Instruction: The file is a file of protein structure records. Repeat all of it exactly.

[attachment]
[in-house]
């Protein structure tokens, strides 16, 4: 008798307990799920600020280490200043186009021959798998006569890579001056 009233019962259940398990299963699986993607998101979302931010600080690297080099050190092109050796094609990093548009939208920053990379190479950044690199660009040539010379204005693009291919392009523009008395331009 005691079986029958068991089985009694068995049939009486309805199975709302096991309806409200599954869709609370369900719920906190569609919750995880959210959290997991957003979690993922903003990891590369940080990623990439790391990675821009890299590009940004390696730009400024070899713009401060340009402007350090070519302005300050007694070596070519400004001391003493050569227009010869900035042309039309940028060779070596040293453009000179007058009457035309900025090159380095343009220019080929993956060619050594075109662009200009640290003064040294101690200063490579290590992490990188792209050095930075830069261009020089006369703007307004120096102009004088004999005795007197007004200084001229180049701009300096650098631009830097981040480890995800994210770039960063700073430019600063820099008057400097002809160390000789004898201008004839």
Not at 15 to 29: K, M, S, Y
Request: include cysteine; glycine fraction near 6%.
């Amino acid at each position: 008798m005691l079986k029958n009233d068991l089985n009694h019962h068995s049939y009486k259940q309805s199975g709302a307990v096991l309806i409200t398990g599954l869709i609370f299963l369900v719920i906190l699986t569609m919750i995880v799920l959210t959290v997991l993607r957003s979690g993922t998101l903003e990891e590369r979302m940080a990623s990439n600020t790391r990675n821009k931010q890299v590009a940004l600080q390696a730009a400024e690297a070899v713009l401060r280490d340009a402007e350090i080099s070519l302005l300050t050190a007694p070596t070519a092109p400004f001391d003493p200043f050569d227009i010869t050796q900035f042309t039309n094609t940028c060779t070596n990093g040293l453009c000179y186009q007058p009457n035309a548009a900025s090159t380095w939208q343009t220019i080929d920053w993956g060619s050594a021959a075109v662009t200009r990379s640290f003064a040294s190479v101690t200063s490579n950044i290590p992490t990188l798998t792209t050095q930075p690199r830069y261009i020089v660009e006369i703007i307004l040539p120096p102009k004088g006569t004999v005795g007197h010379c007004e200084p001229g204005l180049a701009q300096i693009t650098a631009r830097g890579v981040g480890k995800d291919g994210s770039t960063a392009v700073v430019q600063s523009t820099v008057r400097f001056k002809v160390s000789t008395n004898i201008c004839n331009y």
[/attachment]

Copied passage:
[in-house]
């Protein structure tokens, strides 16, 4: 008798307990799920600020280490200043186009021959798998006569890579001056 009233019962259940398990299963699986993607998101979302931010600080690297080099050190092109050796094609990093548009939208920053990379190479950044690199660009040539010379204005693009291919392009523009008395331009 005691079986029958068991089985009694068995049939009486309805199975709302096991309806409200599954869709609370369900719920906190569609919750995880959210959290997991957003979690993922903003990891590369940080990623990439790391990675821009890299590009940004390696730009400024070899713009401060340009402007350090070519302005300050007694070596070519400004001391003493050569227009010869900035042309039309940028060779070596040293453009000179007058009457035309900025090159380095343009220019080929993956060619050594075109662009200009640290003064040294101690200063490579290590992490990188792209050095930075830069261009020089006369703007307004120096102009004088004999005795007197007004200084001229180049701009300096650098631009830097981040480890995800994210770039960063700073430019600063820099008057400097002809160390000789004898201008004839």
Not at 15 to 29: K, M, S, Y
Request: include cysteine; glycine fraction near 6%.
């Amino acid at each position: 008798m005691l079986k029958n009233d068991l089985n009694h019962h068995s049939y009486k259940q309805s199975g709302a307990v096991l309806i409200t398990g599954l869709i609370f299963l369900v719920i906190l699986t569609m919750i995880v799920l959210t959290v997991l993607r957003s979690g993922t998101l903003e990891e590369r979302m940080a990623s990439n600020t790391r990675n821009k931010q890299v590009a940004l600080q390696a730009a400024e690297a070899v713009l401060r280490d340009a402007e350090i080099s070519l302005l300050t050190a007694p070596t070519a092109p400004f001391d003493p200043f050569d227009i010869t050796q900035f042309t039309n094609t940028c060779t070596n990093g040293l453009c000179y186009q007058p009457n035309a548009a900025s090159t380095w939208q343009t220019i080929d920053w993956g060619s050594a021959a075109v662009t200009r990379s640290f003064a040294s190479v101690t200063s490579n950044i290590p992490t990188l798998t792209t050095q930075p690199r830069y261009i020089v660009e006369i703007i307004l040539p120096p102009k004088g006569t004999v005795g007197h010379c007004e200084p001229g204005l180049a701009q300096i693009t650098a631009r830097g890579v981040g480890k995800d291919g994210s770039t960063a392009v700073v430019q600063s523009t820099v008057r400097f001056k002809v160390s000789t008395n004898i201008c004839n331009y």